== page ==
University of Arizona | 2018 Dec 06
The first unbiased survey of protoplanetary disks surrounding young stars in the Taurus star-forming region turned up a higher-than-expected number of disks with features suggesting nascent planets.
"Super-Earths" and Neptune-sized planets could be forming around young stars in much greater numbers than scientists thought, new research by an international team of astronomers suggests.
- The Taurus Molecular Cloud, pictured here by ESA's Herschel Space Observatory, is a star-forming region about 450 light-years away. The image frame covers roughly 14 by 16 light-years and shows the glow of cosmic dust in the interstellar material that pervades the cloud, revealing an intricate pattern of filaments dotted with a few compact, bright cores — the seeds of future stars. (Image: ESA/Herschel/PACS, SPIRE/Gould Belt survey Key Programme/Palmeirim et al. 2013)
Observing a sampling of young stars in a star-forming region in the constellation Taurus, researchers found many of them to be surrounded by structures that can best be explained as traces created by invisible, young planets in the making. The research, published in the Astrophysical Journal, helps scientists better understand how our own solar system came to be.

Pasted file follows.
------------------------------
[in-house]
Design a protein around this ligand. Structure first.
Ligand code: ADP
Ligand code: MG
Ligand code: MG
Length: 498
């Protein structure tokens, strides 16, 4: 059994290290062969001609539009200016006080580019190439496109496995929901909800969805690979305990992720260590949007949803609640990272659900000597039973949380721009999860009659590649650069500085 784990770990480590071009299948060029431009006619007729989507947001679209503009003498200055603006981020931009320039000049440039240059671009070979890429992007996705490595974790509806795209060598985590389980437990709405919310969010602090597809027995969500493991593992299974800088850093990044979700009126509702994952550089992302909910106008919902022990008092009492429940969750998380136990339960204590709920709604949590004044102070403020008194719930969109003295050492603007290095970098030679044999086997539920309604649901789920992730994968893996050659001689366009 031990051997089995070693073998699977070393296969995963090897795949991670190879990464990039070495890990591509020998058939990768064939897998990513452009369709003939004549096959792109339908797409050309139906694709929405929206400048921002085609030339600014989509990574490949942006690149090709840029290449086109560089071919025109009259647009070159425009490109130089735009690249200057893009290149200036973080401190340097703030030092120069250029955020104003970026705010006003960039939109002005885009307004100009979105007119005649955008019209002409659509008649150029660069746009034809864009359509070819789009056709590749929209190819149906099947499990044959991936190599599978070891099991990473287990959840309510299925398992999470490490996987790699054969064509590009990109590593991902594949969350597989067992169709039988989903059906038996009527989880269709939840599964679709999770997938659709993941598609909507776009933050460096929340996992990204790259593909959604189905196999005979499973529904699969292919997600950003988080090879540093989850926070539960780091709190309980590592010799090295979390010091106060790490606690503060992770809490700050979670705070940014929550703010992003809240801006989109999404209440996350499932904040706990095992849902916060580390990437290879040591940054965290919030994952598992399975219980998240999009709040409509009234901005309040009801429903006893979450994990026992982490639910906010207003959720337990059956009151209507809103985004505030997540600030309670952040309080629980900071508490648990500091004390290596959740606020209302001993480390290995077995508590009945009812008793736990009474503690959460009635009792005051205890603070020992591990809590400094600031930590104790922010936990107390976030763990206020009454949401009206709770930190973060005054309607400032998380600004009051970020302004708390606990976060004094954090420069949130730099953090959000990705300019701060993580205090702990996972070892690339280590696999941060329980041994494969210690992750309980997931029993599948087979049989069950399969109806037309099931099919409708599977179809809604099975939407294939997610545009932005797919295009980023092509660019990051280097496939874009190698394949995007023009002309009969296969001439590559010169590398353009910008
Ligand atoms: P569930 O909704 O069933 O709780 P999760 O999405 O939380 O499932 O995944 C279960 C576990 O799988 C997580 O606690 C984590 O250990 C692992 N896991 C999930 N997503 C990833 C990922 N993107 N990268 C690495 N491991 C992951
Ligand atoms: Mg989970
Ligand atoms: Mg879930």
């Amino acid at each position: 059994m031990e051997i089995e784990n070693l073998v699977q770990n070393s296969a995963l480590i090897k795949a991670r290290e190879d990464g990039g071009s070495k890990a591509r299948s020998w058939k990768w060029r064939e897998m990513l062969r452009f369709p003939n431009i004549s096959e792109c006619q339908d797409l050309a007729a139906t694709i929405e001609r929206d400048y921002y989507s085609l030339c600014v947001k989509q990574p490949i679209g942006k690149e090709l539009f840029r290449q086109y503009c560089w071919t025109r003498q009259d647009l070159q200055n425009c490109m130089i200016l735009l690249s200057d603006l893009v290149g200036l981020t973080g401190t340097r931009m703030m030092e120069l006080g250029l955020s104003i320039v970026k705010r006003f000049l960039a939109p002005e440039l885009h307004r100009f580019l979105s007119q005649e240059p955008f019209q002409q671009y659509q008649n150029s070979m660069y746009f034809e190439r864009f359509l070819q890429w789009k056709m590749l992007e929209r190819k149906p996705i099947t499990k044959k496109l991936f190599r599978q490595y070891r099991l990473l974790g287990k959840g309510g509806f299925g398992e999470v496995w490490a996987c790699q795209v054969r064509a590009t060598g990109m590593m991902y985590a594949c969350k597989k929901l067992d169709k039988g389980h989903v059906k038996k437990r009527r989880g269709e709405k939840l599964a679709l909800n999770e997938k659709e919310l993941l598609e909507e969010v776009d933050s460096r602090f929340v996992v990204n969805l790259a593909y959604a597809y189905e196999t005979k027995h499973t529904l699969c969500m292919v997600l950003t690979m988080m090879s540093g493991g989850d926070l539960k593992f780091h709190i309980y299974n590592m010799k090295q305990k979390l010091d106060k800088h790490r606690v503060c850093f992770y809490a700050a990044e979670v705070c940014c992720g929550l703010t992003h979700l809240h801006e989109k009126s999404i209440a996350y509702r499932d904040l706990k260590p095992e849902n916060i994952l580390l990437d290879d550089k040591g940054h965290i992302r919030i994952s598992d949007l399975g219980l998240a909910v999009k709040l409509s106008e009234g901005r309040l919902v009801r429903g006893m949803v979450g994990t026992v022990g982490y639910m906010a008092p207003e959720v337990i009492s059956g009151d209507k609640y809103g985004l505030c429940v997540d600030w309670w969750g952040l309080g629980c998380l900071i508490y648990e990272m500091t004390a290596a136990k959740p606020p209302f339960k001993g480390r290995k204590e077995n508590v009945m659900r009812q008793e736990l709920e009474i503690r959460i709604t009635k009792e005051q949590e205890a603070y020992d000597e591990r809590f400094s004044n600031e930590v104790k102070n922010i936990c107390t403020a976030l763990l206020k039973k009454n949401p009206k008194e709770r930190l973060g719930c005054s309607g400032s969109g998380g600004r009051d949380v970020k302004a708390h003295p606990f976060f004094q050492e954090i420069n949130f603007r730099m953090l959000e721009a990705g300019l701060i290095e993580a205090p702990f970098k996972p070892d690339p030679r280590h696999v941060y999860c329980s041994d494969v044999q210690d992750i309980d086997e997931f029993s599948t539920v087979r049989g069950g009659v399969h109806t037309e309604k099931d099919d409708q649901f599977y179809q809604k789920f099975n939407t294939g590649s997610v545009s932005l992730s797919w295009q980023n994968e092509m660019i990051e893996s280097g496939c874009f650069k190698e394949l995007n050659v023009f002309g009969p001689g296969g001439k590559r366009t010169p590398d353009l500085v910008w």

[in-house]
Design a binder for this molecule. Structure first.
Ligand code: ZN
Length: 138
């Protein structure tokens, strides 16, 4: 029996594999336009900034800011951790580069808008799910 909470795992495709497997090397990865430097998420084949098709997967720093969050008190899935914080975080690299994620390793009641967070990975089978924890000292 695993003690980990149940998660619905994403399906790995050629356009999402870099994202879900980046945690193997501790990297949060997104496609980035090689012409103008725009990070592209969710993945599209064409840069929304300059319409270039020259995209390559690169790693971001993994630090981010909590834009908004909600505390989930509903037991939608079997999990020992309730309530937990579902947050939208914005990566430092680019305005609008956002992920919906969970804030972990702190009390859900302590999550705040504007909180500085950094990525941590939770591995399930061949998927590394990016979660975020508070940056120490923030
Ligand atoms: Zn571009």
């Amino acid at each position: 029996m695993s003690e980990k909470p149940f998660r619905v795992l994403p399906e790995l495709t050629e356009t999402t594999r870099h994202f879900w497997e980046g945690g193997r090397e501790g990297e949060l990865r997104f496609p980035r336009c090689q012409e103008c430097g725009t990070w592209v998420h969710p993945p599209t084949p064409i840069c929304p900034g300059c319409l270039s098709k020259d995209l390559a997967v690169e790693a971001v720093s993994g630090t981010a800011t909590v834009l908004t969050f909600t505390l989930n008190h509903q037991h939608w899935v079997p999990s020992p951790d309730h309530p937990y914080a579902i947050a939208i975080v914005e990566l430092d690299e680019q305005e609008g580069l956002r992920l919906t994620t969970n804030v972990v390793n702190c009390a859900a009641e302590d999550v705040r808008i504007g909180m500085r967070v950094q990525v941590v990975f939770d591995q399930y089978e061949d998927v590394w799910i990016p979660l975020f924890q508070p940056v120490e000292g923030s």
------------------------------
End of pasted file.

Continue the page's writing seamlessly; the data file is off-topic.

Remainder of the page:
Some 4.6 billion years ago, our solar system was a roiling, billowing swirl of gas and dust surrounding our newborn sun. At the early stages, this so-called protoplanetary disk had no discernible features, but soon, parts of it began to coalesce into clumps of matter -- the future planets. As they picked up new material along their trip around the Sun, they grew and started to plow patterns of gaps and rings into the disk from which they formed. Over time, the dusty disk gave way to the relatively orderly arrangement we know today, consisting of planets, moons, asteroids and the occasional comet.
Scientists base this scenario of how our solar system came to be on observations of protoplanetary disks around other stars that are young enough to currently be in the process of birthing planets. Using the Atacama Large Millimeter Array, or ALMA, comprising 45 radio antennas in Chile’s Atacama Desert, the team performed a survey of young stars in the Taurus star-forming region, a vast cloud of gas and dust located a modest 450 light-years from Earth. When the researchers imaged 32 stars surrounded by protoplanetary disks, they found that 12 of them -- 40 percent -- have rings and gaps, structures that according to the team’s measurements and calculations can be best explained by the presence of nascent planets. ...
Gaps and Rings in an ALMA Survey of Disks in the Taurus Star-Forming Region ~ Feng Long et al